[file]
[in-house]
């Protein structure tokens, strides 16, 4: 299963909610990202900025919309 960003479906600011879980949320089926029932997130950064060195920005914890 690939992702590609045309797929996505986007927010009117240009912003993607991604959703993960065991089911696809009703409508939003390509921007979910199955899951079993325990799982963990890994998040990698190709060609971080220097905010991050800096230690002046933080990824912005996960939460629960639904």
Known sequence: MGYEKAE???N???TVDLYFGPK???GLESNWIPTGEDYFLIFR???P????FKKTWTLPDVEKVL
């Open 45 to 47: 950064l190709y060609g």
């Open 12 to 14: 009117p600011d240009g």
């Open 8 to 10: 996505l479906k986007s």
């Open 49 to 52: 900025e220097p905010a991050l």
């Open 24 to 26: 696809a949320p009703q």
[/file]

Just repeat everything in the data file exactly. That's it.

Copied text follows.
[in-house]
């Protein structure tokens, strides 16, 4: 299963909610990202900025919309 960003479906600011879980949320089926029932997130950064060195920005914890 690939992702590609045309797929996505986007927010009117240009912003993607991604959703993960065991089911696809009703409508939003390509921007979910199955899951079993325990799982963990890994998040990698190709060609971080220097905010991050800096230690002046933080990824912005996960939460629960639904």
Known sequence: MGYEKAE???N???TVDLYFGPK???GLESNWIPTGEDYFLIFR???P????FKKTWTLPDVEKVL
């Open 45 to 47: 950064l190709y060609g």
């Open 12 to 14: 009117p600011d240009g």
């Open 8 to 10: 996505l479906k986007s």
């Open 49 to 52: 900025e220097p905010a991050l």
């Open 24 to 26: 696809a949320p009703q």